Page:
What the mainstream media isn’t telling you about yesterday’s hearing

The House Oversight and Government Reform Committee, chaired by Congressman Darrell Issa, held a hearing yesterday to investigate whether the U.S. Department of Health and Human Services discriminated against the U.S. Conference of Catholic Bishops when denying it a grant in October to aid human trafficking victims.

At issue is whether HHS, headed by pro-abortion Secretary Kathleen Sebelius, purposefully rigged the rules to keep the USCCB from getting a grant by giving preference to agencies that refer for contraception and abortion. Under the Bush administration the USCCB had previously been awarded a five-year, $19 million grant, which expired in March.

While some are accusing HHS of anti-Catholic bias,  groups like the Salvation Army and Christian Trafficking Shelter Association are also at risk for losing trafficking grants, as are secular groups of conscience.

The Trafficking Victims Protection Act of 2000, authored by pro-life stalwart Congressman Chris Smith, was created as a comprehensive U.S. policy to combat human slavery.

Its goals, according to a Department of Health and Human Services fact sheet:

  • Prevent human trafficking overseas
  • Protect victims and help them rebuild their lives in the U.S. with Federal and state support
  • Prosecute traffickers of persons under stiff Federal penalties
  • The program has nothing to do with a clause HHS inserted this year requiring grantees to inform victims about “family planning services and the full range of legally permissible gynecological and obstetric care,” i.e., contraception and abortion. Even ABC News gets this point:

    The Trafficking Victim Services Grant Awards provides funding for social services for trafficking victims, such as food and shelter, not funds for abortion or family planning services.

    From HHS’s own fact sheet, here are the benefits available to trafficking victims:

     What is the “health care assistance available?” From the same HHS fact sheet (click to enlarge):

     Again, there is no grant funding or benefits available for contraception and abortion referral. If it comes down to it, an impregnated victim of rape could learn via Medicaid about her abortion options.

    And why would rescued victims of sex trafficking need information on contraception anyway?

    I spoke with Congresswoman Ann Marie Buerkle after the hearing. Rep. Buerkle, a pro-life Catholic, is a member of the aforementioned committee. She mentioned two key points gleaned from the hearing not being highlighted in mainstream media reports.

    1. Victims of human trafficking also include labor slaves – for restaurants, supermarkets, babysitting, yardwork, street peddling, and agriculture, etc.

    2. Of the 3,000 victims USCCB cared for under the program, 900 were male.

    Thus, HHS is hurting male and/or labor victims of human trafficking by denying them access to the USCCB, an exemplary and proven caregiver of trafficking victims.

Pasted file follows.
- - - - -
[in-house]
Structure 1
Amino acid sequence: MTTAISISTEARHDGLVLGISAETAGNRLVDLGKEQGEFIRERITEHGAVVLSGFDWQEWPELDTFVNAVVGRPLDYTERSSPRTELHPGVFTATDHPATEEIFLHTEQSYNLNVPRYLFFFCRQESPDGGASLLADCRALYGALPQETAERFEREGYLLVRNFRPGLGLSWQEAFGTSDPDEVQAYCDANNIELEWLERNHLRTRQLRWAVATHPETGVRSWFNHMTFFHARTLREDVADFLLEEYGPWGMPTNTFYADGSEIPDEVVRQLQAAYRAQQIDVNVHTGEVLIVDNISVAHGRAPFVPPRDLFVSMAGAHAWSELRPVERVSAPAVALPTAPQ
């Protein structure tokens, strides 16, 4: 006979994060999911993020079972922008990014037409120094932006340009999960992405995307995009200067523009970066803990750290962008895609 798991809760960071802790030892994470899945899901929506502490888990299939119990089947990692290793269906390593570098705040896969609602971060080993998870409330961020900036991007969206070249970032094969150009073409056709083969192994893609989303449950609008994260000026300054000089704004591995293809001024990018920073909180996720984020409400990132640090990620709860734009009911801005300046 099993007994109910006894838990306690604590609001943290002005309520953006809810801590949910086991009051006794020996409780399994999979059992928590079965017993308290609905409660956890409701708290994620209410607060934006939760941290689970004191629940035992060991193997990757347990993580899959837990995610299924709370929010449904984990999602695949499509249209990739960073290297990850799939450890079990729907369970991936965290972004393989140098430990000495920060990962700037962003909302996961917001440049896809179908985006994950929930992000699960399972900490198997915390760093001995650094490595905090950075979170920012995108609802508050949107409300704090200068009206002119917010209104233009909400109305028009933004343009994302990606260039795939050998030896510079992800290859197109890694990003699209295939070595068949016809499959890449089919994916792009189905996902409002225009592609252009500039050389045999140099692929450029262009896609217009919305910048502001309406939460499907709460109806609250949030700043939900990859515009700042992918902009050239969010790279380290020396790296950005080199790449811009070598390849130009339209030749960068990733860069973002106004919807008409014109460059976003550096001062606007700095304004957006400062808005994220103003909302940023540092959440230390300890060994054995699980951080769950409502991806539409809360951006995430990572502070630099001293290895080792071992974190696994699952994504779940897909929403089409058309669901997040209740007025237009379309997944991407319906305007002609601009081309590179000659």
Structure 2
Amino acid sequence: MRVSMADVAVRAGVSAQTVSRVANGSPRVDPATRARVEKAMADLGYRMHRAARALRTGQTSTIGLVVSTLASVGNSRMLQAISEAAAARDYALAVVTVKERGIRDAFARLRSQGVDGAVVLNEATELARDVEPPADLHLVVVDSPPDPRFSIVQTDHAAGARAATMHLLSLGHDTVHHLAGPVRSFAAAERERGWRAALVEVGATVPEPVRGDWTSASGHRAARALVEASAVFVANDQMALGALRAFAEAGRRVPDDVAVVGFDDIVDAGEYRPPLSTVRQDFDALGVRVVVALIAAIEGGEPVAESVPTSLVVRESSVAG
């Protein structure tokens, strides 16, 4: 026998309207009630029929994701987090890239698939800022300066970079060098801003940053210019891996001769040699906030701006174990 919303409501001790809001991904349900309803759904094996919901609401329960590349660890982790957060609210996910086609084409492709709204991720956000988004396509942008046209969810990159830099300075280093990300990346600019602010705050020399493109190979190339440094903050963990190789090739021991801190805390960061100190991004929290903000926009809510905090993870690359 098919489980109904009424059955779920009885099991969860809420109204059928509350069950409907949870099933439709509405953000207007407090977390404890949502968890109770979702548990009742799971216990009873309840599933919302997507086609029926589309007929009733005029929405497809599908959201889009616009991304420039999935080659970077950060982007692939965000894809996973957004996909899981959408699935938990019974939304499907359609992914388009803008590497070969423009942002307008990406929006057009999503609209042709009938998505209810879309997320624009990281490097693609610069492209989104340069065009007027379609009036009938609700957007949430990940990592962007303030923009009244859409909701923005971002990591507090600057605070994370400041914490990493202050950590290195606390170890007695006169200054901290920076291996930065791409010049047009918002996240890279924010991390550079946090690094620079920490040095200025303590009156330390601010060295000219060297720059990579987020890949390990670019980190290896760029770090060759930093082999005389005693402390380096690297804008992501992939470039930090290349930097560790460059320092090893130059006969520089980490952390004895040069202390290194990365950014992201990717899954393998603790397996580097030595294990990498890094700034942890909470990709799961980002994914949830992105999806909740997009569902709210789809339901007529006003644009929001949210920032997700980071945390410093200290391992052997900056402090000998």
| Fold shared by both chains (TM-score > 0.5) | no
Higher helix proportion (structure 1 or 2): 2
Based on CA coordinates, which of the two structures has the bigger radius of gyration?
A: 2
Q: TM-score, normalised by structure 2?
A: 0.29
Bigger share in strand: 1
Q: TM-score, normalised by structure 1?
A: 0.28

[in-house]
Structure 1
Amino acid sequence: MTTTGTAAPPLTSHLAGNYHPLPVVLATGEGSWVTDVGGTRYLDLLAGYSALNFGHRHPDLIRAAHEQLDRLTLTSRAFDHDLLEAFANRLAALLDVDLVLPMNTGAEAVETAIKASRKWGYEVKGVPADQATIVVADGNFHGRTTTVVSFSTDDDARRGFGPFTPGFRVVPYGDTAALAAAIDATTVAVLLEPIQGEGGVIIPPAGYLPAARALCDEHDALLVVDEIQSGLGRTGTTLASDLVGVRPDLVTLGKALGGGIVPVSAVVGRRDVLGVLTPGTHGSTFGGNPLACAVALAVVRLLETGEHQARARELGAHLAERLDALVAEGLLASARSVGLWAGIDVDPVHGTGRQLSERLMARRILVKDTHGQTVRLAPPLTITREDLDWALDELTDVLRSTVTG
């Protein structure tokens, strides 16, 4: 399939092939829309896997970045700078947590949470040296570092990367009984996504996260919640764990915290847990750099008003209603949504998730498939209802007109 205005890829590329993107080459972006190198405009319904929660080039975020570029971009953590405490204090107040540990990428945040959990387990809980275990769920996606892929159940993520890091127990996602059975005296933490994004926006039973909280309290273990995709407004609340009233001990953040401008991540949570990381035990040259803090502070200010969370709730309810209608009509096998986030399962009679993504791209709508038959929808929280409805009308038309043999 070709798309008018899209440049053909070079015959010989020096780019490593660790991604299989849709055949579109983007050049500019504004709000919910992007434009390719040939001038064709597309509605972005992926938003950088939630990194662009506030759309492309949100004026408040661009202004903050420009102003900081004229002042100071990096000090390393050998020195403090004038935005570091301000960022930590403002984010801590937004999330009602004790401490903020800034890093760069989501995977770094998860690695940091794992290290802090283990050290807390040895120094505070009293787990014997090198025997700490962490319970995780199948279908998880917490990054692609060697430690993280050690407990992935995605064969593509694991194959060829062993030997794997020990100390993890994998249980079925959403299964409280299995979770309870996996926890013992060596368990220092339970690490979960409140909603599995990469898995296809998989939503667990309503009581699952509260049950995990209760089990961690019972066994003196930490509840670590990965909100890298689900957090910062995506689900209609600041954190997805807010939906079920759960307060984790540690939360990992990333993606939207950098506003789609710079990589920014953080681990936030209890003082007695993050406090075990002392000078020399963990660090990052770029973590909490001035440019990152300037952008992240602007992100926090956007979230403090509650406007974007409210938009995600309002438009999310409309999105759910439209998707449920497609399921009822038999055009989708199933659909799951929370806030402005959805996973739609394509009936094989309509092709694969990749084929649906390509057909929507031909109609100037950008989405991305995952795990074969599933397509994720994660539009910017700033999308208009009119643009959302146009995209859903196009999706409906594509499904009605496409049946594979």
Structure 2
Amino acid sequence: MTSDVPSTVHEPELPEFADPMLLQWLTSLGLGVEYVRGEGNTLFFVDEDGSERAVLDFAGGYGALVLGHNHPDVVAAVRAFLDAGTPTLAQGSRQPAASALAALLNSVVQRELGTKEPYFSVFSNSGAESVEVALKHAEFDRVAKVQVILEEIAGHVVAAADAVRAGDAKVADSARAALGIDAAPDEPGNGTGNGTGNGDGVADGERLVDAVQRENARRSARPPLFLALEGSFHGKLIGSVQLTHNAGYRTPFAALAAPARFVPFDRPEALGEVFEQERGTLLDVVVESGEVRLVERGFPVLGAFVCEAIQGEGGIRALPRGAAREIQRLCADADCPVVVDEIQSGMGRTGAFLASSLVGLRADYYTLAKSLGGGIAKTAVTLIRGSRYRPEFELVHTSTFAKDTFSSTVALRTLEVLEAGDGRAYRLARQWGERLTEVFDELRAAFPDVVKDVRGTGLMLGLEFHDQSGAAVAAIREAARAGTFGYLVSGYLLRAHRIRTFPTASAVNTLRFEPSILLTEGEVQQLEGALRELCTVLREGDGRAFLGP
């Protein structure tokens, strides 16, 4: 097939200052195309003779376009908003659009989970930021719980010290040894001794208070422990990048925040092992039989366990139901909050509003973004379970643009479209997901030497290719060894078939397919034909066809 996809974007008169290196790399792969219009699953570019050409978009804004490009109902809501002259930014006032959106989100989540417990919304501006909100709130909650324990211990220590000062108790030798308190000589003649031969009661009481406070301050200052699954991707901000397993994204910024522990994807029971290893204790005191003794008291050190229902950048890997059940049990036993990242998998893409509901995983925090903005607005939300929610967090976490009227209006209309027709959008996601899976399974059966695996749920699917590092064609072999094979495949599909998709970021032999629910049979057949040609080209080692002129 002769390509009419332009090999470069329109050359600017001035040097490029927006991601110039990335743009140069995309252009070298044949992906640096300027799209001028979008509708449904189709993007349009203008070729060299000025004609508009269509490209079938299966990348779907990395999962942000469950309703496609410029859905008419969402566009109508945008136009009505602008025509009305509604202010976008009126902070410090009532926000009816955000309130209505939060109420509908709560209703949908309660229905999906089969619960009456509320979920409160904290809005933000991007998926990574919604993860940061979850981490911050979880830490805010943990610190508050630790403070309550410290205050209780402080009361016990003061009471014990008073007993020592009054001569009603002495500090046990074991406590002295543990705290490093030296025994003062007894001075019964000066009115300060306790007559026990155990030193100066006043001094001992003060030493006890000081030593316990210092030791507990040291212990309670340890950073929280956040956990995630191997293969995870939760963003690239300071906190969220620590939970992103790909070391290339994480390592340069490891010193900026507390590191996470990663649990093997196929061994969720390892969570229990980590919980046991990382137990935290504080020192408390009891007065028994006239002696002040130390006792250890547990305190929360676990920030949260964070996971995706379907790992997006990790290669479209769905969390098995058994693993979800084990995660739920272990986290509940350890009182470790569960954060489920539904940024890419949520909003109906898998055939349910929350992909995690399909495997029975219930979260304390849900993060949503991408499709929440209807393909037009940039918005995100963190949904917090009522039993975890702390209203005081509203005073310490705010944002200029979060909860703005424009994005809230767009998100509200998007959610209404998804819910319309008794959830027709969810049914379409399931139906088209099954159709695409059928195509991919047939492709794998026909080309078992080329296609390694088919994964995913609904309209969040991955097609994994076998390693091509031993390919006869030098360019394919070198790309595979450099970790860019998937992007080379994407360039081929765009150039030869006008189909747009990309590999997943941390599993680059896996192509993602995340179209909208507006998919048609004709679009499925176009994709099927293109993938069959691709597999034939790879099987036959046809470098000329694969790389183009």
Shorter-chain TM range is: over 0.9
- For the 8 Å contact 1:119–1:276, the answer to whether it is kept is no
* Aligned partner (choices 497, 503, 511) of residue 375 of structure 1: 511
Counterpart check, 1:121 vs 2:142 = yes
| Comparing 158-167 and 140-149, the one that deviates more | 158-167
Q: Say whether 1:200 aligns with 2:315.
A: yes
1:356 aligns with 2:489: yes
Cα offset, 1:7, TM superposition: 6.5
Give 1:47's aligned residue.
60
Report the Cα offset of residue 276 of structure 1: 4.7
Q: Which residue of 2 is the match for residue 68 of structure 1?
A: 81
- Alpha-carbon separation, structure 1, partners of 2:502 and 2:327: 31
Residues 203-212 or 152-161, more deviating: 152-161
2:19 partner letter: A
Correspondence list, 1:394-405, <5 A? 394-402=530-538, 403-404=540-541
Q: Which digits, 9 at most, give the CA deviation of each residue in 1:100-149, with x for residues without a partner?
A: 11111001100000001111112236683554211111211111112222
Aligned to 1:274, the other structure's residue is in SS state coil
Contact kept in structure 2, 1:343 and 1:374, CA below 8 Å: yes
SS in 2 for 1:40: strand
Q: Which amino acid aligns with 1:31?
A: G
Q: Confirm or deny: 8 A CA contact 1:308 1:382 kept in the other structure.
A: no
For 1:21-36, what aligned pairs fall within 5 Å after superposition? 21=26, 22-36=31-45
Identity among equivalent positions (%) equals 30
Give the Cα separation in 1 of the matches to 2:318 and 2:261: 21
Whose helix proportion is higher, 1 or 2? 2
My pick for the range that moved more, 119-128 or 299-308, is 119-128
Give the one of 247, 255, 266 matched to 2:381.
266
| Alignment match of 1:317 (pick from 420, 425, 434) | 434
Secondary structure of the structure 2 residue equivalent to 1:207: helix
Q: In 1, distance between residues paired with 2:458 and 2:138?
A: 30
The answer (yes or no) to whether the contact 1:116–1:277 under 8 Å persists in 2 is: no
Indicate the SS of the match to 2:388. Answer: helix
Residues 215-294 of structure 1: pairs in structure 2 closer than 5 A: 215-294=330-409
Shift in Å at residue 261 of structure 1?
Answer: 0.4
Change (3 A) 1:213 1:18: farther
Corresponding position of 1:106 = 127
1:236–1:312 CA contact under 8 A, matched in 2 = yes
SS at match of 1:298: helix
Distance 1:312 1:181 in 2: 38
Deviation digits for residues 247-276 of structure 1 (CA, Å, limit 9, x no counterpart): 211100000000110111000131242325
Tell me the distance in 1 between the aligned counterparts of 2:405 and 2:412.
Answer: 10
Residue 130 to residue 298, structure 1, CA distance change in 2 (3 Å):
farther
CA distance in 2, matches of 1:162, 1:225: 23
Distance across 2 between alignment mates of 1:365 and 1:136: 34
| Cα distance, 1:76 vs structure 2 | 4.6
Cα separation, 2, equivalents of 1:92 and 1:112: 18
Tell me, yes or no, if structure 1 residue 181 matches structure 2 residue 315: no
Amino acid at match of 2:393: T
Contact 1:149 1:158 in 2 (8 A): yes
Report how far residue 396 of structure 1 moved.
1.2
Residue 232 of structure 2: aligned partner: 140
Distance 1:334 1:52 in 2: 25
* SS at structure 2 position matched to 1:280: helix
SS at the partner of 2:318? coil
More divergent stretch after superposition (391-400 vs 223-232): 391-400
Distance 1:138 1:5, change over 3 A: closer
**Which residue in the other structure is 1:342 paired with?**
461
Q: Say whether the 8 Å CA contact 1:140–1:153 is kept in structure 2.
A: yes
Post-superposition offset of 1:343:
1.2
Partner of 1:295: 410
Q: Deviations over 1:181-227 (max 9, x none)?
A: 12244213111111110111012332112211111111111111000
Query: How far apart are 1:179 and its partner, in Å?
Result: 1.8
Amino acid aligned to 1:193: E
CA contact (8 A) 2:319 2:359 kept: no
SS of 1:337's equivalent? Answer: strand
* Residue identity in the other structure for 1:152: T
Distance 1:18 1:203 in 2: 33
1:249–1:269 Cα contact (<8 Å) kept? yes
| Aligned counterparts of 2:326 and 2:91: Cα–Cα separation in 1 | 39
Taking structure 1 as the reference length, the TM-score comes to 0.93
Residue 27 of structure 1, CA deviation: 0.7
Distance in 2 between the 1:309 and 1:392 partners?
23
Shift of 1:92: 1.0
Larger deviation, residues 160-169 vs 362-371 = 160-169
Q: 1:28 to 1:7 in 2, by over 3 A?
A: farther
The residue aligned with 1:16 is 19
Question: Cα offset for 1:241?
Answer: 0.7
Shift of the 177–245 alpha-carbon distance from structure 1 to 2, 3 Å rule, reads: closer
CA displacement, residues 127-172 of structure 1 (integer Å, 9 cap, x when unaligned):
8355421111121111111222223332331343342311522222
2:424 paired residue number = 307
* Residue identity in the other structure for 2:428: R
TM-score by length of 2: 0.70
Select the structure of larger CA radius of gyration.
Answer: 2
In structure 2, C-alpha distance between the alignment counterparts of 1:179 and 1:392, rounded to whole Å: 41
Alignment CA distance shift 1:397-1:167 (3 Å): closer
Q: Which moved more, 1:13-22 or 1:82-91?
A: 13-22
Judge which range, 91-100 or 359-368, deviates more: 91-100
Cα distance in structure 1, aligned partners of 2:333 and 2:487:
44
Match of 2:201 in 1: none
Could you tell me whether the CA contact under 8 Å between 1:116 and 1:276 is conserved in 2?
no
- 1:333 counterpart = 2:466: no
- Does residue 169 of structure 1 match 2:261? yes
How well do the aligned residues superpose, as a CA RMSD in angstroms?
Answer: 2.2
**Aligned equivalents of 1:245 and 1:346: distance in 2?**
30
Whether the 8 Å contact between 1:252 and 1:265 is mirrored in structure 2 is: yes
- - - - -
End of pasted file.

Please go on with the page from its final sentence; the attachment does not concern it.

The “brewing scandal,” as Turtle Bay (a blog covering international law and policy) put it, is that the USCCB ranked much higher than two of the groups eventually receiving HHS grants, one of which was actually deemed “unqualified” in the review process. Quoting from Congressman Smith’s scathing statement:

    Let’s not forget that the independent HHS reviewers found the USCCB to have:

    “one of the most experienced national experts on human trafficking documented by program guidelines, development, research, direct service provisions”; a “comprehensive system in place…” that has assisted over “3,012 victims of trafficking and their family members from over 98 countries over the past ten years”; and “demonstrated strong partnerships” by engaging “with both faith-based and non-faith based organizations”.

    And yet the Catholic organization was discriminated against solely because it fundamentally respects the innate value and preciousness of an unborn child and refuses to be complicit in procuring his or her violent death by abortion.

    Even though HHS reviewers gave the USCCB a score of 89 compared to 74 for Tapestri and 69 for the U.S. Committee on Refugees and Immigrants (USCRI), the latter two got the contracts….

    USCRI’s proposal lacked detail on key program areas, had no plan on how objectives will be met and even lacked resumes for key staff, including the program director. The HHS review panelists stated:

    “The overall level of detail in the proposal is insufficient to ensure that the project will be established and run to an effective level, and that the management plan is credible and comprehensive. There is a complete lack of information on specific activities, and the timeline is vague, inhibiting evaluation of their reasonableness.”…

    The bottom line is this: pernicious pro-abortion favoritism, embedded in this egregiously flawed process, does a grave disservice to the victims of trafficking. Victims deserve better. The women and children who have been exploited by modern day slavery need our help, which is why I wrote the law in the first place.

    Congresswoman Muerkle told me the House has two options if HHS doesn’t do a turn-around: Withhold funding from the grant program, or write a statute protecting the integrity of the grant process.

    I also asked Congresswoman Muerkle if Planned Parenthood came up during the hearing, since institutionally it showed a willingness to aid and abet sex traffickers in Live Action’s investigation earlier this year. She said no, PP didn’t come up.

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